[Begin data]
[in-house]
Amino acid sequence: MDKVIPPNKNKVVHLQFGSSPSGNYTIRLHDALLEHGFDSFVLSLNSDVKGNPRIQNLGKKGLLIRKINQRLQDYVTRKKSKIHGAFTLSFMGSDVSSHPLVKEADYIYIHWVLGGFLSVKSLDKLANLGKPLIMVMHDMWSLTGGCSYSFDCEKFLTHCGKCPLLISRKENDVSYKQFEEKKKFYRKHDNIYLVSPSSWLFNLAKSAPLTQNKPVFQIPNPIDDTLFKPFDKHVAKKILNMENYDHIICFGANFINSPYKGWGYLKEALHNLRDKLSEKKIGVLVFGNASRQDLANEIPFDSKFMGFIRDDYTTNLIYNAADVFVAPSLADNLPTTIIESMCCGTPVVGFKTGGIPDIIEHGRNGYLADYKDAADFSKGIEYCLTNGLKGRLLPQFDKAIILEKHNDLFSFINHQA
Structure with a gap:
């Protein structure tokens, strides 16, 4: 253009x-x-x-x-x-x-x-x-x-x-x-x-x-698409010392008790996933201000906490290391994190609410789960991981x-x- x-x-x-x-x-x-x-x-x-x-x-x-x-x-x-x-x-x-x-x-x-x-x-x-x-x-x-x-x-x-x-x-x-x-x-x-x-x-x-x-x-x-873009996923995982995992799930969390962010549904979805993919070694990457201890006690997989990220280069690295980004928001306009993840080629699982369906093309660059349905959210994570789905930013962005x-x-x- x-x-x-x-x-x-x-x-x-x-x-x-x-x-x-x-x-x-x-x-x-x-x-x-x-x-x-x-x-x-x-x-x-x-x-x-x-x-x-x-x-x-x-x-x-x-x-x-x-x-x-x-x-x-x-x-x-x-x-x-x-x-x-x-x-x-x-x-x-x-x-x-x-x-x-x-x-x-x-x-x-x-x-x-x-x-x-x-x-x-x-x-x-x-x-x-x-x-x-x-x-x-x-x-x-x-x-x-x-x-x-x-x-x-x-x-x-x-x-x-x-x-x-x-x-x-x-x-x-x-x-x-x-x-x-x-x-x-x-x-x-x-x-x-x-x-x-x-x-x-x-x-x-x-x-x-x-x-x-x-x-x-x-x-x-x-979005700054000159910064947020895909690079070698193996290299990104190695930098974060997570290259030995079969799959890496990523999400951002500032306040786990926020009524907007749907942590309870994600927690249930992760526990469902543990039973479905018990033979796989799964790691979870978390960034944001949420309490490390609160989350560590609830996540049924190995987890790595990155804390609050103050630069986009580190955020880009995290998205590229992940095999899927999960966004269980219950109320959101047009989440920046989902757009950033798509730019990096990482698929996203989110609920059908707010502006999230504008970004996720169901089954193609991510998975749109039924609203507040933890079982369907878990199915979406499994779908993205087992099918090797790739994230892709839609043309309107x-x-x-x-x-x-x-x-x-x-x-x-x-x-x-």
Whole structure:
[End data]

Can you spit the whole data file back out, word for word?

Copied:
[in-house]
Amino acid sequence: MDKVIPPNKNKVVHLQFGSSPSGNYTIRLHDALLEHGFDSFVLSLNSDVKGNPRIQNLGKKGLLIRKINQRLQDYVTRKKSKIHGAFTLSFMGSDVSSHPLVKEADYIYIHWVLGGFLSVKSLDKLANLGKPLIMVMHDMWSLTGGCSYSFDCEKFLTHCGKCPLLISRKENDVSYKQFEEKKKFYRKHDNIYLVSPSSWLFNLAKSAPLTQNKPVFQIPNPIDDTLFKPFDKHVAKKILNMENYDHIICFGANFINSPYKGWGYLKEALHNLRDKLSEKKIGVLVFGNASRQDLANEIPFDSKFMGFIRDDYTTNLIYNAADVFVAPSLADNLPTTIIESMCCGTPVVGFKTGGIPDIIEHGRNGYLADYKDAADFSKGIEYCLTNGLKGRLLPQFDKAIILEKHNDLFSFINHQA
Structure with a gap:
């Protein structure tokens, strides 16, 4: 253009x-x-x-x-x-x-x-x-x-x-x-x-x-698409010392008790996933201000906490290391994190609410789960991981x-x- x-x-x-x-x-x-x-x-x-x-x-x-x-x-x-x-x-x-x-x-x-x-x-x-x-x-x-x-x-x-x-x-x-x-x-x-x-x-x-x-x-x-873009996923995982995992799930969390962010549904979805993919070694990457201890006690997989990220280069690295980004928001306009993840080629699982369906093309660059349905959210994570789905930013962005x-x-x- x-x-x-x-x-x-x-x-x-x-x-x-x-x-x-x-x-x-x-x-x-x-x-x-x-x-x-x-x-x-x-x-x-x-x-x-x-x-x-x-x-x-x-x-x-x-x-x-x-x-x-x-x-x-x-x-x-x-x-x-x-x-x-x-x-x-x-x-x-x-x-x-x-x-x-x-x-x-x-x-x-x-x-x-x-x-x-x-x-x-x-x-x-x-x-x-x-x-x-x-x-x-x-x-x-x-x-x-x-x-x-x-x-x-x-x-x-x-x-x-x-x-x-x-x-x-x-x-x-x-x-x-x-x-x-x-x-x-x-x-x-x-x-x-x-x-x-x-x-x-x-x-x-x-x-x-x-x-x-x-x-x-x-x-x-x-979005700054000159910064947020895909690079070698193996290299990104190695930098974060997570290259030995079969799959890496990523999400951002500032306040786990926020009524907007749907942590309870994600927690249930992760526990469902543990039973479905018990033979796989799964790691979870978390960034944001949420309490490390609160989350560590609830996540049924190995987890790595990155804390609050103050630069986009580190955020880009995290998205590229992940095999899927999960966004269980219950109320959101047009989440920046989902757009950033798509730019990096990482698929996203989110609920059908707010502006999230504008970004996720169901089954193609991510998975749109039924609203507040933890079982369907878990199915979406499994779908993205087992099918090797790739994230892709839609043309309107x-x-x-x-x-x-x-x-x-x-x-x-x-x-x-």
Whole structure: